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Welcome to the new Ireland edition of Freedom
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Freedom Magazine, published by the Church of Scientology

Fighting the Scourge of Drugs

National anti-drug campaign by Church of Scientology picks up momentum; educational materials and lectures help stem the tide of abuse.

Launching the Church of Scientology’s “Say No to Drugs — Say Yes to Life” campaign in Dublin were the swing band, The Jive Aces, and their Scottish compatriots, Saor Patrol. Youth throughout Ireland are signing the campaign’s pledge to be — and stay — drug-free.

Recent national statistics continue to sound the alarm that drug abuse is raging out of control in Ireland.

There are more than 15,000 drug addicts in Dublin alone, and Irish teenagers are Europe’s biggest Ecstasy and amphetamine abusers. One recent survey found that nearly 60 percent of young people in the country have tried illegal drugs.

Efforts to bring Ireland’s substance abuse problem under control have met with little success, leaving many people frustrated about finding real solutions.

Officials, rather than being encouraged to take effective measures to stem the tide of abuse, are increasingly being advised by “drug experts” or lobbied to support programmes that actually promote habitual drug use.

The mindset of some officials responsible for drug handling over the past decade has degenerated to an apathetic belief that the drug problem is unsolvable and has become entrenched within society. Priorities have shifted to dealing with only the worst consequences of drug abuse: overdose deaths, AIDS, Hepatitis C and burgeoning criminality.


However, in April 2001, the Government set forth a “National Drugs Strategy” which endorses four “pillars” designed to tackle the full spectrum of drug abuse concerns. In addition to supply reduction, treatment and research into ongoing trends in dealing with reduction and treatment, the Government’s strategy includes a most critical element: prevention through drug awareness and drug education programmes.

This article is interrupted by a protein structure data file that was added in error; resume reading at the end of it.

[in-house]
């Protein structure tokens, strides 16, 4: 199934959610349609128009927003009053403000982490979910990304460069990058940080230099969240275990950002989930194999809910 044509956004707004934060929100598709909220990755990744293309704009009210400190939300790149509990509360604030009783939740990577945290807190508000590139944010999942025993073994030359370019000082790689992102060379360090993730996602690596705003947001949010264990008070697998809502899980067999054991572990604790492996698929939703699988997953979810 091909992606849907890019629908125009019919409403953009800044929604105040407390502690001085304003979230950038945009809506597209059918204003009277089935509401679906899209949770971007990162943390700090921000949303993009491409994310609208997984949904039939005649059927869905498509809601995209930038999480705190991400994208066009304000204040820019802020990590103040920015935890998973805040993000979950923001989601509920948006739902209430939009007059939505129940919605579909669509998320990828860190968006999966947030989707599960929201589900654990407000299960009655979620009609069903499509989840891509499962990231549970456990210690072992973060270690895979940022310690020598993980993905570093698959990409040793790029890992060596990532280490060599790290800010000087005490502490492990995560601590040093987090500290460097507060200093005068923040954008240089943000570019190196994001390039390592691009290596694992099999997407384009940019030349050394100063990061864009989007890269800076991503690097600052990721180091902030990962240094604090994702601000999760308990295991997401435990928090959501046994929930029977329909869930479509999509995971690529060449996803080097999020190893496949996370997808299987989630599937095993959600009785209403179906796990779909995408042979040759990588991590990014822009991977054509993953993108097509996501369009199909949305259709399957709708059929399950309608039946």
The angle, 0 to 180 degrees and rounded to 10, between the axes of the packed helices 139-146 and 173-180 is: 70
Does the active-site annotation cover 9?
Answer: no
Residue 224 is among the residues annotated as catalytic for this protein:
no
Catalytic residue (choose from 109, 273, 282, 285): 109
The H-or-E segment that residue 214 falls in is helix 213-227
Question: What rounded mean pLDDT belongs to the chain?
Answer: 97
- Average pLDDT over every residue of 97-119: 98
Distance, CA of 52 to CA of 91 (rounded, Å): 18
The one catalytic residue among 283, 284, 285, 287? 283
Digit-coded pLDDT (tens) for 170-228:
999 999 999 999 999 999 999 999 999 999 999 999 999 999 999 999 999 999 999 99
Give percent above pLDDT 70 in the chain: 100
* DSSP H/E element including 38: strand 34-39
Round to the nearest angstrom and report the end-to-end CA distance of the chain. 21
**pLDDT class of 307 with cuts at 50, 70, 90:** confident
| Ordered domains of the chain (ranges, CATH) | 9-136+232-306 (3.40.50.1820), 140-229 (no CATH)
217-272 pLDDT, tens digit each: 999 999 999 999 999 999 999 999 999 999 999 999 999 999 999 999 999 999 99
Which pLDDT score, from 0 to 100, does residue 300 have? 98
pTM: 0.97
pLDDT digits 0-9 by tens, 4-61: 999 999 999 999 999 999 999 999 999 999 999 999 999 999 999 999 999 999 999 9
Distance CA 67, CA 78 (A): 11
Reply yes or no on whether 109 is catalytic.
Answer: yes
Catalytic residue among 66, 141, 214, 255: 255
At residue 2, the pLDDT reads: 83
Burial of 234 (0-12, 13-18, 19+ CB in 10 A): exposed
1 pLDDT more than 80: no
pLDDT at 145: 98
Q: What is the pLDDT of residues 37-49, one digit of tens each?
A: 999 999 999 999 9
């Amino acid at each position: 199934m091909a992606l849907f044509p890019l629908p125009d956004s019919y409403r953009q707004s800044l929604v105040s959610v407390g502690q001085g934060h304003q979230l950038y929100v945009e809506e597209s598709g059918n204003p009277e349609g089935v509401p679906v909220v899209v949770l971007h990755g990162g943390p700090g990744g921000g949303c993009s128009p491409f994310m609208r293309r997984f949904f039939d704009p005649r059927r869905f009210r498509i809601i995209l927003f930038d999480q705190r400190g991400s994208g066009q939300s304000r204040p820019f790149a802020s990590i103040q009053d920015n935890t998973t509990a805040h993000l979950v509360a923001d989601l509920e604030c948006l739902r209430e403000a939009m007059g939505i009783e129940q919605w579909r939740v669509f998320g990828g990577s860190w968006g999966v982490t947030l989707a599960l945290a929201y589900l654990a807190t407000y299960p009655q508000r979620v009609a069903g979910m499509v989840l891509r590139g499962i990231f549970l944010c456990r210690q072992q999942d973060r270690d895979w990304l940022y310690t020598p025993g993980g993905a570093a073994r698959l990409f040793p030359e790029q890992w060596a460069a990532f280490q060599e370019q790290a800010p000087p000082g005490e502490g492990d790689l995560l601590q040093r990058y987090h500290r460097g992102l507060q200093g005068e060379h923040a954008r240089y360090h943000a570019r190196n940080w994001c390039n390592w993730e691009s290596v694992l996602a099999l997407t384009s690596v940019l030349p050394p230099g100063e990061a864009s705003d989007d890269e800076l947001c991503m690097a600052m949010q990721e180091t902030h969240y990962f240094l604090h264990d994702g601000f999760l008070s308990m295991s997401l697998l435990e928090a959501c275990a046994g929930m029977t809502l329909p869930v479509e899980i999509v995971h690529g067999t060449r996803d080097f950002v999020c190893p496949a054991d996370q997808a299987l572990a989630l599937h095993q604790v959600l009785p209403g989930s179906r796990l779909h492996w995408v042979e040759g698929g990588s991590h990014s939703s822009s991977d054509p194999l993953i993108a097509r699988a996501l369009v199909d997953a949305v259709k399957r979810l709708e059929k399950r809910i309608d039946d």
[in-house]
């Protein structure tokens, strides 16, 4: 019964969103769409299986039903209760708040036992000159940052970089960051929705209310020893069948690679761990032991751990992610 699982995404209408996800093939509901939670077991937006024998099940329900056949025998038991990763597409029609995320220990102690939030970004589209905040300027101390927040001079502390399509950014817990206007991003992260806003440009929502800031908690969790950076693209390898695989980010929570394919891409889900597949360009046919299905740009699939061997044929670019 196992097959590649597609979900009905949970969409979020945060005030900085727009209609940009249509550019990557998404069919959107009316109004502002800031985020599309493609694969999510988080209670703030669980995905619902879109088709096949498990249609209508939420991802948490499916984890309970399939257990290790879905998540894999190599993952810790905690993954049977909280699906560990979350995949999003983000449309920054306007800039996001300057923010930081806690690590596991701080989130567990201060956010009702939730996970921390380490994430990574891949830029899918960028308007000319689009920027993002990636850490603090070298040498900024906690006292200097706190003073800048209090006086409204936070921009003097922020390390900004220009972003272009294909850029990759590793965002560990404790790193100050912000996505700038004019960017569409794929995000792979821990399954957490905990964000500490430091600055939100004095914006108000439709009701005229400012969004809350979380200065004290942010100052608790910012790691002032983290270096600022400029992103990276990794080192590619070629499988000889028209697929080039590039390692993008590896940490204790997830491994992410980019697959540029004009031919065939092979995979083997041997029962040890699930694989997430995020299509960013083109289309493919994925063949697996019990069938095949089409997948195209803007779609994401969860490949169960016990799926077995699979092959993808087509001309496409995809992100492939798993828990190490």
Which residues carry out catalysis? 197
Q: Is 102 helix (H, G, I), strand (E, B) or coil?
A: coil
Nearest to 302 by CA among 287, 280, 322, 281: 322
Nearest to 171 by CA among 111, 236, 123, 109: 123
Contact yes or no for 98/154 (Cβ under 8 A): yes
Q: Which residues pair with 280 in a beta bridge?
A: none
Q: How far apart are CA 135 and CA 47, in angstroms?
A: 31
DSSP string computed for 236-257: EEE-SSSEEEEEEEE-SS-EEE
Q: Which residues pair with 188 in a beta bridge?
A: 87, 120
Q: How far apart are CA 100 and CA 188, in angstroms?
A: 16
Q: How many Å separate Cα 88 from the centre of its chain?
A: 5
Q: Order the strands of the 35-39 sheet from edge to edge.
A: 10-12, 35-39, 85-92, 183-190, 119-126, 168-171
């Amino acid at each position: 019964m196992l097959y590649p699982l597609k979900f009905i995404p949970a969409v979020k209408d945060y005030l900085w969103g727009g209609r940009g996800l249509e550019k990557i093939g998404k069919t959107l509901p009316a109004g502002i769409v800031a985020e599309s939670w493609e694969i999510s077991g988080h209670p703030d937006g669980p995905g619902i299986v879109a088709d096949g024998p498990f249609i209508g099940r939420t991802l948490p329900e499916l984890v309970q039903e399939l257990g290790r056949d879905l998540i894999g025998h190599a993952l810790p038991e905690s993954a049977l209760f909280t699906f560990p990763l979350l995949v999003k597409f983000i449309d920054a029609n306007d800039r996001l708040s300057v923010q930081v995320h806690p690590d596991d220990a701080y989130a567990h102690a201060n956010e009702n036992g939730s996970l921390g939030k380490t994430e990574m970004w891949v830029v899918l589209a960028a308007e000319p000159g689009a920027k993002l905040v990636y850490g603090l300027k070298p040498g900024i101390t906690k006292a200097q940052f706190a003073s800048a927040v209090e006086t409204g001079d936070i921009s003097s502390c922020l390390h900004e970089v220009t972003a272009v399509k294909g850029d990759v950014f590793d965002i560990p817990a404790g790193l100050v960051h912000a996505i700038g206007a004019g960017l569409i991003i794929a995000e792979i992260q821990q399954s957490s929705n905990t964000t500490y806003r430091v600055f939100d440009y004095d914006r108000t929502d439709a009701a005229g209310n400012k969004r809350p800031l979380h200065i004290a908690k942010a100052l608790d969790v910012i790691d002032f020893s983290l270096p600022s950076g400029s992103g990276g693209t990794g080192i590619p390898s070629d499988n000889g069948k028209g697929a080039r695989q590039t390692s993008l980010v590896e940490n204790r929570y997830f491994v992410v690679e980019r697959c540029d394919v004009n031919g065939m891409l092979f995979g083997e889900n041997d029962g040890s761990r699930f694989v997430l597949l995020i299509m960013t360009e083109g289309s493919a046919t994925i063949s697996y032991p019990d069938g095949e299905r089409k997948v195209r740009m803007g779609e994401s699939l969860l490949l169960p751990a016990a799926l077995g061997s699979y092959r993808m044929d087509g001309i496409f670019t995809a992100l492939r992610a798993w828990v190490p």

It is the latter “pillar” to which the Church of Scientology’s “Say No to Drugs, Say Yes to Life” drug prevention campaign throughout Europe is dedicated. Its purpose is to provide factual information about drugs to children, teenagers and adults.

“Effective education is the only long-term solution to the drug problem,” said Siobhan Ryan, leader of the Dublin “Say No to Drugs” effort. “Only when children — and the adults who love and care for them — really understand what drugs do, can a youngster make truly informed and responsible decisions. Experience has shown that education is our best means of prevention.”

An integral part of the Church’s educational actions are small, informative booklets published by the campaign’s organizers and distributed in the millions all over the European continent. Each explains the dangers of one of several common street drugs — heroin, cocaine, Ecstasy and cannabis. Most recently a guide on drug abuse for parents and teachers has been added to the list of publications.

The volunteers disseminate their information in neighbourhoods where illicit drugs can be found, or which young people frequent. Equipped with hundreds of booklets, volunteers fan out through cities all across Europe, distributing booklets to public and providing stocks for shops and restaurants, police stations, schools and nightclubs. In 2002 alone, more than six million booklets and 12 million informative anti-drug fliers were distributed throughout Europe.